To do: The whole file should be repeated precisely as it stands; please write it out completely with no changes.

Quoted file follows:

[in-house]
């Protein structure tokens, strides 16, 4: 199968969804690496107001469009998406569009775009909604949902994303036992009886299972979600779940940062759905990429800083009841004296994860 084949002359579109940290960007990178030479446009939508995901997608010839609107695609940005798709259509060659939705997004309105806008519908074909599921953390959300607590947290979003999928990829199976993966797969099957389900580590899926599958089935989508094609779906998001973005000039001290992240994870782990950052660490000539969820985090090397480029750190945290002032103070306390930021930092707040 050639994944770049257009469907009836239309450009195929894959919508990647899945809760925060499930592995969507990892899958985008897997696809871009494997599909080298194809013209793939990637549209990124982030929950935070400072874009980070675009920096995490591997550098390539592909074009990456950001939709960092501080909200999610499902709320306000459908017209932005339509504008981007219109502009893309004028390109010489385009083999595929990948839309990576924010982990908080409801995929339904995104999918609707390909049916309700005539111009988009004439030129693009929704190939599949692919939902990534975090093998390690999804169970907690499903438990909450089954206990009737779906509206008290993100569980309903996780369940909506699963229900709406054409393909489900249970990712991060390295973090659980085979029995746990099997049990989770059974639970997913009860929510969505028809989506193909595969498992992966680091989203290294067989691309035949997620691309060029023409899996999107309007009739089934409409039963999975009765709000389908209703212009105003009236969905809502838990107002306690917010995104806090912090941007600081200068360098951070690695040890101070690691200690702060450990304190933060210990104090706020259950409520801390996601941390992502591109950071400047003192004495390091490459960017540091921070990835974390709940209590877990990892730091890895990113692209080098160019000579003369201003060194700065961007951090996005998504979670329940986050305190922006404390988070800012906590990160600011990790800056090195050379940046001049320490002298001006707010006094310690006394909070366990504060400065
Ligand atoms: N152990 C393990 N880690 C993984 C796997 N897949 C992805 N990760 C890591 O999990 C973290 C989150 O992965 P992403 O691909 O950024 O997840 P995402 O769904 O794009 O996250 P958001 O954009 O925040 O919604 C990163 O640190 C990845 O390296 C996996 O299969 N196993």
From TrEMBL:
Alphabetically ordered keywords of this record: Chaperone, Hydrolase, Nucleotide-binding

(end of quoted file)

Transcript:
[in-house]
């Protein structure tokens, strides 16, 4: 199968969804690496107001469009998406569009775009909604949902994303036992009886299972979600779940940062759905990429800083009841004296994860 084949002359579109940290960007990178030479446009939508995901997608010839609107695609940005798709259509060659939705997004309105806008519908074909599921953390959300607590947290979003999928990829199976993966797969099957389900580590899926599958089935989508094609779906998001973005000039001290992240994870782990950052660490000539969820985090090397480029750190945290002032103070306390930021930092707040 050639994944770049257009469907009836239309450009195929894959919508990647899945809760925060499930592995969507990892899958985008897997696809871009494997599909080298194809013209793939990637549209990124982030929950935070400072874009980070675009920096995490591997550098390539592909074009990456950001939709960092501080909200999610499902709320306000459908017209932005339509504008981007219109502009893309004028390109010489385009083999595929990948839309990576924010982990908080409801995929339904995104999918609707390909049916309700005539111009988009004439030129693009929704190939599949692919939902990534975090093998390690999804169970907690499903438990909450089954206990009737779906509206008290993100569980309903996780369940909506699963229900709406054409393909489900249970990712991060390295973090659980085979029995746990099997049990989770059974639970997913009860929510969505028809989506193909595969498992992966680091989203290294067989691309035949997620691309060029023409899996999107309007009739089934409409039963999975009765709000389908209703212009105003009236969905809502838990107002306690917010995104806090912090941007600081200068360098951070690695040890101070690691200690702060450990304190933060210990104090706020259950409520801390996601941390992502591109950071400047003192004495390091490459960017540091921070990835974390709940209590877990990892730091890895990113692209080098160019000579003369201003060194700065961007951090996005998504979670329940986050305190922006404390988070800012906590990160600011990790800056090195050379940046001049320490002298001006707010006094310690006394909070366990504060400065
Ligand atoms: N152990 C393990 N880690 C993984 C796997 N897949 C992805 N990760 C890591 O999990 C973290 C989150 O992965 P992403 O691909 O950024 O997840 P995402 O769904 O794009 O996250 P958001 O954009 O925040 O919604 C990163 O640190 C990845 O390296 C996996 O299969 N196993």
From TrEMBL:
Alphabetically ordered keywords of this record: Chaperone, Hydrolase, Nucleotide-binding